Lives of the fellows

Thomas Robinson Glynn

b.1841 d.12 May 1931
MD Lond MRCS FRCP(1882)

Thomas Glynn was the son of Edward Dashpen Glynn, a Liverpool shipowner. He was educated at Liverpool College and studied medicine at St. Bartholomew’s Hospital and in Paris, qualifying in 1864. Returning to Liverpool he obtained appointments as assistant physician to the Children’s Hospital, physician to the Northern Hospital and demonstrator of anatomy at the School of Medicine. In 1871 he joined the staff of the Royal Infirmary as physician, an appointment he held until elected consulting physician in 1901. As a lecturer on medicine at the School closely associated with the Infirmary, he was one of a group of eminent teachers to earn a high reputation for the School and to promote its incorporation in University College, founded in 1881. He himself was the College’s, and later Liverpool University’s, first professor of medicine, holding office from 1884 to 1922. His most noteworthy published works were his Lumleian Lectures of 1903 on Infective Endocarditis and his Bradshaw Lecture of 1913 on Hysteria. As a teacher who attracted a large following, he displayed a wide knowledge of general medicine and stressed the correlation of clinical signs and pathological features. He was a fine landscape painter, organist and singer, and in his youth, a swimming enthusiast. Glynn was twice married, in 1871 and 1885, and had three sons and four daughters. His second wife was Alice Lewtas. One of his sons was Ernest Edward Glynn, F.R.C.P. He died at Tremerchion, North Wales.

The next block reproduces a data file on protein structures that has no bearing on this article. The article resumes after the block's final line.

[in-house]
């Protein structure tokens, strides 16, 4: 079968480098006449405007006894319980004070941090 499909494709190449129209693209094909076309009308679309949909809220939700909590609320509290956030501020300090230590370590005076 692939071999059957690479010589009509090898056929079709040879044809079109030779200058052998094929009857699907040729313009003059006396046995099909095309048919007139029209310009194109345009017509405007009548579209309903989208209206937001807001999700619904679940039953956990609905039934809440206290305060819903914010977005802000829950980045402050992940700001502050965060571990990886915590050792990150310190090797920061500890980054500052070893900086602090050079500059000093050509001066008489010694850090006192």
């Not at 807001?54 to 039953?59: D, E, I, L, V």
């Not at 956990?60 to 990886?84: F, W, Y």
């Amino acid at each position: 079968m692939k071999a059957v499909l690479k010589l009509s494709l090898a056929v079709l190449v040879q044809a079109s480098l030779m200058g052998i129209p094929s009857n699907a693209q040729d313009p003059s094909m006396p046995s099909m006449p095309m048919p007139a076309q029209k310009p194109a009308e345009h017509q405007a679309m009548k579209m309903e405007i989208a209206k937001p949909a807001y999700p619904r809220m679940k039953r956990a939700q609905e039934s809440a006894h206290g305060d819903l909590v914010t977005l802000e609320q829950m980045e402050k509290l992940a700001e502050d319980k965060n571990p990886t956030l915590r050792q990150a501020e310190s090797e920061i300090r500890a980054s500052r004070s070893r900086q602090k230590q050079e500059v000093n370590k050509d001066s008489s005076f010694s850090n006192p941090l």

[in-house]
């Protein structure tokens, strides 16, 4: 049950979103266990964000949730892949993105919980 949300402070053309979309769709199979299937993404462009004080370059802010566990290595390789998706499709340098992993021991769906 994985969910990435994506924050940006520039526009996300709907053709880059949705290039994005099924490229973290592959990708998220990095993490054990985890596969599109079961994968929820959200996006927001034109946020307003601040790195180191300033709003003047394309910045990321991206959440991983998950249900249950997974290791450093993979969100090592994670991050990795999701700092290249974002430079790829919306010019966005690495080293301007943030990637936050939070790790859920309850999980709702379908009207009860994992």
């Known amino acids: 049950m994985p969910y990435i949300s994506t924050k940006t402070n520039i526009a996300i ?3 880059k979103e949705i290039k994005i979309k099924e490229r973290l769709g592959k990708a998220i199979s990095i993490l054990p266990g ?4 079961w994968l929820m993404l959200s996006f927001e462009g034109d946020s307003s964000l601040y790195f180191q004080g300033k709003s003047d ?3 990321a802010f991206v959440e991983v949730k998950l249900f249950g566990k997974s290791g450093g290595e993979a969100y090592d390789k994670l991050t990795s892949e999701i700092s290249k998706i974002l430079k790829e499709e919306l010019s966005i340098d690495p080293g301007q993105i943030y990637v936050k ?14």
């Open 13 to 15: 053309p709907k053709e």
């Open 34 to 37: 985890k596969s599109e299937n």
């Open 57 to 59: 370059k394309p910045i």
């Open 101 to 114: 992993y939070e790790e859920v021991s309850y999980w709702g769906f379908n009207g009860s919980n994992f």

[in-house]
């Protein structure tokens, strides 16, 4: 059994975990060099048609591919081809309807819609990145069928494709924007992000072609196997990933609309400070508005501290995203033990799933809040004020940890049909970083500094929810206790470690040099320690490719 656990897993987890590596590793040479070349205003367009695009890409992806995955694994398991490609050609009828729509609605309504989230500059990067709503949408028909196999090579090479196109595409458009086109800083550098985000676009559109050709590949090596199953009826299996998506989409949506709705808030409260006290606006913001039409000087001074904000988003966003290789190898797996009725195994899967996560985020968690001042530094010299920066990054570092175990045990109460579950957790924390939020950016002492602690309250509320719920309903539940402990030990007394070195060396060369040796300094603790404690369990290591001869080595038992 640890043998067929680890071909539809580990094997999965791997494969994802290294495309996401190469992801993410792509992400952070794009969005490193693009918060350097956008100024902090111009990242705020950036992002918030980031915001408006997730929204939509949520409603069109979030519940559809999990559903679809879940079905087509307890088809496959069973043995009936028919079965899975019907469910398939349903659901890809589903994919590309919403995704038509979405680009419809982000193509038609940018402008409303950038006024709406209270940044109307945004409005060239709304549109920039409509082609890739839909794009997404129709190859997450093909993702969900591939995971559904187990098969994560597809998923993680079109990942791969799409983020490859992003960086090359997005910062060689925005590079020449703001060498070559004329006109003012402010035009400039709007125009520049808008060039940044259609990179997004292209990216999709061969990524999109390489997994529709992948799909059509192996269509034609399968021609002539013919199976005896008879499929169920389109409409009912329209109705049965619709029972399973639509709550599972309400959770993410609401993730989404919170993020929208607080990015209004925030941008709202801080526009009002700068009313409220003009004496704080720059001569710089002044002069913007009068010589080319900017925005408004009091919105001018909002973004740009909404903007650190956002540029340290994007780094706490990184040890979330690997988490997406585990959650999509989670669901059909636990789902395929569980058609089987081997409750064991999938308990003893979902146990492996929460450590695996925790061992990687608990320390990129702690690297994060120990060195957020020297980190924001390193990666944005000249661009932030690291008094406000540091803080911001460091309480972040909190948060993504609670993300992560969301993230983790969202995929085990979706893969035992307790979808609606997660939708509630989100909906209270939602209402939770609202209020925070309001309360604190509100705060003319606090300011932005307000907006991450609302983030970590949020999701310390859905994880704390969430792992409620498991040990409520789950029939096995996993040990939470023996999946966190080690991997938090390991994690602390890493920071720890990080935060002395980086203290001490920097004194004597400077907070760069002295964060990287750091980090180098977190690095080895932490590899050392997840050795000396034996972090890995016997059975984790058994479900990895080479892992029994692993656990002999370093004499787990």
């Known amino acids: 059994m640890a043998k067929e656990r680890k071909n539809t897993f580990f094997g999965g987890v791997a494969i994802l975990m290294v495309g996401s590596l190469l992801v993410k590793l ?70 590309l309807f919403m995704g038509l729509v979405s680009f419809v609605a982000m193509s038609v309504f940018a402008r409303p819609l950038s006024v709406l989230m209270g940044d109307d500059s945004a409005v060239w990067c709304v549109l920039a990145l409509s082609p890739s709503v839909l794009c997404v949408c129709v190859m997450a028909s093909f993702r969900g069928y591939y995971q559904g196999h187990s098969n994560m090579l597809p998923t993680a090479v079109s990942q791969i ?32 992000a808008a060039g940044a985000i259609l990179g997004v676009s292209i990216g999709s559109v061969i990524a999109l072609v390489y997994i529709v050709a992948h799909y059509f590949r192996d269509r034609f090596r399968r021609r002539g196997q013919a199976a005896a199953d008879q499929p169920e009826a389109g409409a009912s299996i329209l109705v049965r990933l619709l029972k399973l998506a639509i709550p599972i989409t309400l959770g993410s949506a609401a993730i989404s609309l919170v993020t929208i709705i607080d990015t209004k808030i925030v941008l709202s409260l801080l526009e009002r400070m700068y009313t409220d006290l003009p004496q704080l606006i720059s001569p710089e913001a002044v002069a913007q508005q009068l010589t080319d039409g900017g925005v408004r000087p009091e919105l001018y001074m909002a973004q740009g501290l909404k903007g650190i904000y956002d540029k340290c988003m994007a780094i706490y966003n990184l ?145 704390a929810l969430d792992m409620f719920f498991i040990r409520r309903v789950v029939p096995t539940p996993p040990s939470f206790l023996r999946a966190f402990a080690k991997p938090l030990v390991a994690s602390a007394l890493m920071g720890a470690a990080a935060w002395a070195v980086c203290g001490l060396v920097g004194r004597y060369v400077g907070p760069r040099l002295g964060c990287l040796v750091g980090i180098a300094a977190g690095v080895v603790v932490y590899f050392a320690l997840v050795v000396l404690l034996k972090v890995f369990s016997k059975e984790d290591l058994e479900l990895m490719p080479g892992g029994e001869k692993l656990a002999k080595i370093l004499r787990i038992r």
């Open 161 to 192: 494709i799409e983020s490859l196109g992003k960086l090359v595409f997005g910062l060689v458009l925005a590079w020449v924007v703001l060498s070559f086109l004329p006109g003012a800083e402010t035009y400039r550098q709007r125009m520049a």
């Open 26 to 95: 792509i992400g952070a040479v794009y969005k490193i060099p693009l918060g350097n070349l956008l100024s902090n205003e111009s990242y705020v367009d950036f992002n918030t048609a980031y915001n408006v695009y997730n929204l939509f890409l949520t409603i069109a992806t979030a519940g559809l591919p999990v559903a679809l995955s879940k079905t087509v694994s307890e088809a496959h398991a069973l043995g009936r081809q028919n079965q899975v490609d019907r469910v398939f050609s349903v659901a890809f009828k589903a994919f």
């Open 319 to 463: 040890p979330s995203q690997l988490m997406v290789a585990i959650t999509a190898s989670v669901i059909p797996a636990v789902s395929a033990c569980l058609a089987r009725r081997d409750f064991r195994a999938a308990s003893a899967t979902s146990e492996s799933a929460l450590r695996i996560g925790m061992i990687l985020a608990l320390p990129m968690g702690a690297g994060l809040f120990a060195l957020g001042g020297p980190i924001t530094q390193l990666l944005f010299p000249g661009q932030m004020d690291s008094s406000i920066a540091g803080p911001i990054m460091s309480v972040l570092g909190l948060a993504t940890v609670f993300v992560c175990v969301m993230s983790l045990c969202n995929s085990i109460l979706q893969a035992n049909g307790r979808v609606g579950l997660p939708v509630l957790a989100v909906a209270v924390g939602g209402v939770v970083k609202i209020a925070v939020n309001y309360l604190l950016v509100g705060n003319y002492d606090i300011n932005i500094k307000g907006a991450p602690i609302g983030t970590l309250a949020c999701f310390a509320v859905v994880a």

G H Brown

[Lancet, 1931; B.M.J., 1931]

(Volume IV, page 288)

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